BOSTON -- After four months of a soap opera that featured his cracked ribs, reports of a misdiagnosis by the Boston Red Sox medical staff, and rumblings of teammates miffed that he didn't seem willing to play through the pain and also that he wasn't in the dugout while he was on the disabled list, Jacoby Ellsbury finally was back where he belonged on Wednesday: in center field and at the top of the Boston Red Sox batting order for the night's game against the Cleveland Indians at Fenway Park.
Ellsbury was activated after batting practice, with Daniel Nava being sent back down to Pawtucket to make room for the fleet Boston outfielder.
Ellsbury went 0-for-5 and had two putouts in center in the Red Sox's 9-1 loss.
"It felt good to be playing out there again. Too bad we didn't get that win," Ellsbury said. "Stepping into the box here is something that's familiar to me. I have a lot of confidence. I have had success at this level before. It's just trying to go back to what you love and what you do best."
Despite the controversy swirling around Ellsbury, who has been a hot topic on Boston sports radio, he received a very warm reception from the sellout crowd of 37,902, with some giving him a standing ovation.
"I thought the fans' reception was pretty nice," Ellsbury said. "The fans here have always treated me very well from day one. This place will always be home to me. Tonight was a perfect example."
"We're thankful to have him back," said manager Terry Francona. "The results weren't there but that doesn't mean he was hurting. Hopefully he'll show up tomorrow and feel good. That's important."
Ellsbury was initially placed on the DL on April 12 after a collision with third baseman Adrian Beltre caused the cracked ribs. Ellsbury returned on May 22, but was able to play in only three more games before being placed back on the DL on May 28.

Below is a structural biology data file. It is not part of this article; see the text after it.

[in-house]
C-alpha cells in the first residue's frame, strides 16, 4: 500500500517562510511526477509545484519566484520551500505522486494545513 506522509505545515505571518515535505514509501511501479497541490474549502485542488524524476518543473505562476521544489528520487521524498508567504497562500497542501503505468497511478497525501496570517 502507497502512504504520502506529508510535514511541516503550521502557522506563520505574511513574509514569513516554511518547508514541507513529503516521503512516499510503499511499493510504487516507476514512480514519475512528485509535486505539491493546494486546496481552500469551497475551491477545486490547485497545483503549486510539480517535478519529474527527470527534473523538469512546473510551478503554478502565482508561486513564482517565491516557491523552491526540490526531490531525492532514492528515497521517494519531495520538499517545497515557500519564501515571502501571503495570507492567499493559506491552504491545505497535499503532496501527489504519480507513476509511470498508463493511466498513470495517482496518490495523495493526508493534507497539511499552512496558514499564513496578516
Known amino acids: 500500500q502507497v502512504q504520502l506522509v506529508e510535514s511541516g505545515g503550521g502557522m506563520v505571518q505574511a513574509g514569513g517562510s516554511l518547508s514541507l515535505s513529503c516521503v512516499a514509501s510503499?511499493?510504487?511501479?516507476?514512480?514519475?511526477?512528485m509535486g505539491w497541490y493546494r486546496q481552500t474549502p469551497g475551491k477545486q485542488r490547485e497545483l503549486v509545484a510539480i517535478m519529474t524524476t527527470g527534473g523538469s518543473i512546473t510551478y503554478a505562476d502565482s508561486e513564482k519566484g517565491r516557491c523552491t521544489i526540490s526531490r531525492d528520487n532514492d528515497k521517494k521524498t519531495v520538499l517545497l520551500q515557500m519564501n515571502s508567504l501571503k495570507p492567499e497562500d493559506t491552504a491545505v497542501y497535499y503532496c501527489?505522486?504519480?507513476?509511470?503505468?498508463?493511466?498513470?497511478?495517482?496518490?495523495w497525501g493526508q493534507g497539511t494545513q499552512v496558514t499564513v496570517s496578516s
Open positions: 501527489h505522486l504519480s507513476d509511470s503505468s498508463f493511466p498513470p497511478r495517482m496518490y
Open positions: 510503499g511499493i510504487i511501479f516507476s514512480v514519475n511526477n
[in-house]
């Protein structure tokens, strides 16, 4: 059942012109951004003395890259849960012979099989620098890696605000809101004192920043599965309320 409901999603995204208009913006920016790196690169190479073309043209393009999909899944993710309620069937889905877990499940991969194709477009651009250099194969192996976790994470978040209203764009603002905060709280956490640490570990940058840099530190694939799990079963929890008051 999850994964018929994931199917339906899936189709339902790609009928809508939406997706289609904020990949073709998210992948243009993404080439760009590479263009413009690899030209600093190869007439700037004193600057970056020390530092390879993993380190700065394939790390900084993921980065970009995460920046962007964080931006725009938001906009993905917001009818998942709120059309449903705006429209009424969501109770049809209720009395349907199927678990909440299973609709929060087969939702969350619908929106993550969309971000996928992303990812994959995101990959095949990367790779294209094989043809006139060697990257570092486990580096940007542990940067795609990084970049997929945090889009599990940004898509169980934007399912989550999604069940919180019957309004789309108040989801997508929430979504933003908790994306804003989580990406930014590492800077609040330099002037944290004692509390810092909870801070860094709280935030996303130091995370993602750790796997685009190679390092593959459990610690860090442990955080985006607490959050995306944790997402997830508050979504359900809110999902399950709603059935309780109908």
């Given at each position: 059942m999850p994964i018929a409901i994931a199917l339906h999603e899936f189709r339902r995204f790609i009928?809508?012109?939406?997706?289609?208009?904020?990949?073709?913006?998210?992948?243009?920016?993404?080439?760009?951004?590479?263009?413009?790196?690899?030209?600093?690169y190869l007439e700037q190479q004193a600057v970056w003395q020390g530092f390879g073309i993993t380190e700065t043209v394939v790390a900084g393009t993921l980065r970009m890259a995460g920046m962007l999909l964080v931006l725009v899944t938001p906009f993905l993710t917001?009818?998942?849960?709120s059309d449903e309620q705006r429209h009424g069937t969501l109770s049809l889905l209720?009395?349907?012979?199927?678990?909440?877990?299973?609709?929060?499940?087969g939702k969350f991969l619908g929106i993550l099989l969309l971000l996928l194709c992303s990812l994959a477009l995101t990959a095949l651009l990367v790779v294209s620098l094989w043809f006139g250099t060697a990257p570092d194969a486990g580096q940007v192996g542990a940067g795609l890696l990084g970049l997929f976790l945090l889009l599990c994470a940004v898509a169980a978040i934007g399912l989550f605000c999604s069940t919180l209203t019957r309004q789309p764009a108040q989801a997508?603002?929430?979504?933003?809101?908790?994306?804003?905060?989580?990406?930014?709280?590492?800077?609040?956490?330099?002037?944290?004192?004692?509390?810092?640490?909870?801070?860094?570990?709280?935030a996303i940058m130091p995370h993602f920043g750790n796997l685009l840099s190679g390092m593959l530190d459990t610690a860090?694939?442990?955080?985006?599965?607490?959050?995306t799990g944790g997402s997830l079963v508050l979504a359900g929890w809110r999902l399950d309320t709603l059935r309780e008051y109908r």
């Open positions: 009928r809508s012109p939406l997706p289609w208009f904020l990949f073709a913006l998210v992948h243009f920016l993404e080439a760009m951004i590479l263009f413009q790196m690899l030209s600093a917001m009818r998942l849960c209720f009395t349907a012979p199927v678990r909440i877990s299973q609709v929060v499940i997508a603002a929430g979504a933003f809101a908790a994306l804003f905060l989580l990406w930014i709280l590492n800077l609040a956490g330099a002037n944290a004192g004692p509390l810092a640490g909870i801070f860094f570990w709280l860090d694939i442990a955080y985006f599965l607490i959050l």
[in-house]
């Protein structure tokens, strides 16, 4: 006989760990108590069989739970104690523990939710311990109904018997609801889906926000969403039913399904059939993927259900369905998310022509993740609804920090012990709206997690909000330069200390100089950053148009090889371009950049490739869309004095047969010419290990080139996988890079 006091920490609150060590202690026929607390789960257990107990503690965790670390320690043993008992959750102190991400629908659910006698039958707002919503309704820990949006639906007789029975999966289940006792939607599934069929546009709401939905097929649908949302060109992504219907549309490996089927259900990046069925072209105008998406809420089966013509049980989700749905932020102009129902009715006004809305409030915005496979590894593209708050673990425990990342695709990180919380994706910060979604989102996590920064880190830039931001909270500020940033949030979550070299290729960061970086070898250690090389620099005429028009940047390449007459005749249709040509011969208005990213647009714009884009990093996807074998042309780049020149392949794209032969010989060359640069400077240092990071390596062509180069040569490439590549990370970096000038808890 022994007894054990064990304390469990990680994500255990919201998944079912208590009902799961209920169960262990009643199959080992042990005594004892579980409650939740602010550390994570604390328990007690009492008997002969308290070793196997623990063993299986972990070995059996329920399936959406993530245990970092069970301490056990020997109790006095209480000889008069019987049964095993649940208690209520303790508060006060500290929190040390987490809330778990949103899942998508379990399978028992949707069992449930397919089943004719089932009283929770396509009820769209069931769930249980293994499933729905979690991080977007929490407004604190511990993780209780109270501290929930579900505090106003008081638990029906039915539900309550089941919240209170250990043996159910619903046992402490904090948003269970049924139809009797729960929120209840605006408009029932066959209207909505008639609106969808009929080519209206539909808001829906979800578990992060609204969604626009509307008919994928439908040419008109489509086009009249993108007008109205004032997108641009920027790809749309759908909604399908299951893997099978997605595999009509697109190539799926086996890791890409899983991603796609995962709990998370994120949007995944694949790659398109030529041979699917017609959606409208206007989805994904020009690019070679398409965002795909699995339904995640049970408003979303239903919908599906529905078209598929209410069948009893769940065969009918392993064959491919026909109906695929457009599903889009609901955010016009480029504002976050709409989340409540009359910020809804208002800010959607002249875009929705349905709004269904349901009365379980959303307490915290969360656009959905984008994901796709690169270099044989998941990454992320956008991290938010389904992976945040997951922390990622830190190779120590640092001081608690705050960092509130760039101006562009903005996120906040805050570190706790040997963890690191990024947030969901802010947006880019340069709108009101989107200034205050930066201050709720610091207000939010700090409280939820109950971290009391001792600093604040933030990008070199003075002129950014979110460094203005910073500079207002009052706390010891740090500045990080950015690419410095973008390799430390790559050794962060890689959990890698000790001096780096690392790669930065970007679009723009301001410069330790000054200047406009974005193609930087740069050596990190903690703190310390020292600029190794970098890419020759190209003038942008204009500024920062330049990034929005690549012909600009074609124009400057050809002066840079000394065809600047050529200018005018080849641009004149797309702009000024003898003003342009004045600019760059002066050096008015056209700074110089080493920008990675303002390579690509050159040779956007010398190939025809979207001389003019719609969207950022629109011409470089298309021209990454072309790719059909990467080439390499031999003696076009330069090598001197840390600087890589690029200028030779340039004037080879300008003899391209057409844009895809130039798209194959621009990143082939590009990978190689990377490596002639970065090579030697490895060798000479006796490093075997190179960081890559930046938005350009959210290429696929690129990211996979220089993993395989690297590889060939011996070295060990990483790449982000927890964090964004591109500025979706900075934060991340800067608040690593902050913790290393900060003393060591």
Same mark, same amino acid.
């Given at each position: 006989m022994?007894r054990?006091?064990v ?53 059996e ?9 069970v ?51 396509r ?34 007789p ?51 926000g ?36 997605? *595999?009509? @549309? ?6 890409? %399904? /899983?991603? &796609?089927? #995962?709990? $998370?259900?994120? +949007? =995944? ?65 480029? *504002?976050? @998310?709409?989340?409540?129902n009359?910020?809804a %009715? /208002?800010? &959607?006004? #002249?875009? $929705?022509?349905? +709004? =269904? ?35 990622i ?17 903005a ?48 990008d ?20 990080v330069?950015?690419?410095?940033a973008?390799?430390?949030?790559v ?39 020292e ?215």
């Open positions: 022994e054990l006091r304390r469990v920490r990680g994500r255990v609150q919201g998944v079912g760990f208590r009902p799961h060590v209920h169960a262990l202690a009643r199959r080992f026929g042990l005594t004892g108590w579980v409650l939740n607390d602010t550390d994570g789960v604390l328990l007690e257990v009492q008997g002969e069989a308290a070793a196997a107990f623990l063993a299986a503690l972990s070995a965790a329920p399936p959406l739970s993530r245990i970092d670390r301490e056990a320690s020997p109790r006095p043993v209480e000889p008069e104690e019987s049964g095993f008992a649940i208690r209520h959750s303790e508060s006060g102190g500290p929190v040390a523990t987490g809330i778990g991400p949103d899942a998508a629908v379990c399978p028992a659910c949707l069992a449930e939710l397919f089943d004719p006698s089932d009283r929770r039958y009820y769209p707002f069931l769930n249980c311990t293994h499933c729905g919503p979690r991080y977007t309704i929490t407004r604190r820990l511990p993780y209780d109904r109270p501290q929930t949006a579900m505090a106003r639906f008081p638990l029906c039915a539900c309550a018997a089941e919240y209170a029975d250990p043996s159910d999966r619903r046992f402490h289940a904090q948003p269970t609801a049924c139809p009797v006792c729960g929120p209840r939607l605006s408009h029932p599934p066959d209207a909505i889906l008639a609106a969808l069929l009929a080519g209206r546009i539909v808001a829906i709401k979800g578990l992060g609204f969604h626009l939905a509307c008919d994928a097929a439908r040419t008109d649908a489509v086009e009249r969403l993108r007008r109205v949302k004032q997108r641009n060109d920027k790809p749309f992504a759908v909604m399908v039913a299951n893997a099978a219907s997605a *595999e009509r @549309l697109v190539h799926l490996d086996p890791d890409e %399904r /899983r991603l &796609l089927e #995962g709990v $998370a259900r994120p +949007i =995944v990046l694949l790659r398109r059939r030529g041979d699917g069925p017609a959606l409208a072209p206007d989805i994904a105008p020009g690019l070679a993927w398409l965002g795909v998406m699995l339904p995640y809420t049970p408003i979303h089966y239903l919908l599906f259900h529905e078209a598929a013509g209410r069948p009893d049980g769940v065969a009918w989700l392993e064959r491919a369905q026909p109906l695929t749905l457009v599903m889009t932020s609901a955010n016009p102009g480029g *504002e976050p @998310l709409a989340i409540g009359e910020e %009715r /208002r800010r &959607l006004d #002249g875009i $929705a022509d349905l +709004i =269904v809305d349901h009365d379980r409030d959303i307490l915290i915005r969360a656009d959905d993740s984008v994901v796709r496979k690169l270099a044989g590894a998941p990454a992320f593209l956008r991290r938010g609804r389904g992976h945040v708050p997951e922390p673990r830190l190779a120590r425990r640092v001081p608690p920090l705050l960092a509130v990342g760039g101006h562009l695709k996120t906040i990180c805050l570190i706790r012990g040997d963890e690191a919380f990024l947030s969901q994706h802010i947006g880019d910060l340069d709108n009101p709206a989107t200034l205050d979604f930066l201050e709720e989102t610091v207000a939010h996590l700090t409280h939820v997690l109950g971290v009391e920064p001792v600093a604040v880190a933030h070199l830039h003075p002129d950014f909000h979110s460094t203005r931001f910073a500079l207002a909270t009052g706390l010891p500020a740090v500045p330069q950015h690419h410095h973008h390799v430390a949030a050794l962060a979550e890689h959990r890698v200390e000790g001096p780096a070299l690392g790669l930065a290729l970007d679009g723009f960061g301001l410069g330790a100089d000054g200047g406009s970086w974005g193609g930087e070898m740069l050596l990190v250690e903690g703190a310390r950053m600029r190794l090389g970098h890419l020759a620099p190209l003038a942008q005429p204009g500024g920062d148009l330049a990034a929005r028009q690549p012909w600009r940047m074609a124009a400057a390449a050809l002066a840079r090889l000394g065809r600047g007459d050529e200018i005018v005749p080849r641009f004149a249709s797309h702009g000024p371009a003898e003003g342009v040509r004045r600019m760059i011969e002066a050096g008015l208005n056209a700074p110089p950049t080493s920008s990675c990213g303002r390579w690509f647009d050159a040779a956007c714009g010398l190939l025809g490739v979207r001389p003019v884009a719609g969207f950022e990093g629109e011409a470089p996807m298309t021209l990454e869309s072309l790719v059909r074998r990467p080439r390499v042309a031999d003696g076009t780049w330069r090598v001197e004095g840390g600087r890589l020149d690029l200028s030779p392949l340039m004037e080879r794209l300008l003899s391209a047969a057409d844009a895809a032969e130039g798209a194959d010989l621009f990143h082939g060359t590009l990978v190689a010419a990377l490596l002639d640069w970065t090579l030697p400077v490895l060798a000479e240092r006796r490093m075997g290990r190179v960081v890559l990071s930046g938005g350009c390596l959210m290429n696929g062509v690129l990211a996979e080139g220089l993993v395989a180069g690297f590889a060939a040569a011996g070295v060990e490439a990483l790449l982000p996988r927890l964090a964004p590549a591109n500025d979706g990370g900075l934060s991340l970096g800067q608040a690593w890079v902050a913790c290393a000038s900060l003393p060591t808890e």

For the season, Ellsbury has played in only 10 games and is batting .224 (11-for-49) with no homers, three RBIs and two stolen bases.
Before the game, Ellsbury preferred to look forward rather than back at the firestorm his absence from the team during his rehabilitation caused.
"I'm excited to be back in the lineup," said Ellsbury. "It has been a long time coming. The timetable [for the return] is what it is. You want to go out and play. You want to be part of a pennant race. I'm happy to be here today, playing. It's like Christmas, counting down the days. I'm excited."
Not only has Ellsbury returned to active duty, he also has been restored to his more natural position of center field. When the season began, Ellsbury had been shifted from center field to left, so the Sox could install veteran Mike Cameron in center. Cameron, though, is on the DL because of an abdominal strain, so center field once again belongs to Ellsbury.
There was criticism of Ellsbury in Boston over the fact that while other injured Red Sox -- notably Dustin Pedroia, Victor Martinez and Jason Varitek -- remained with the team during their DL time, he was doing his rehab at the Athletes Performance Institute in Arizona.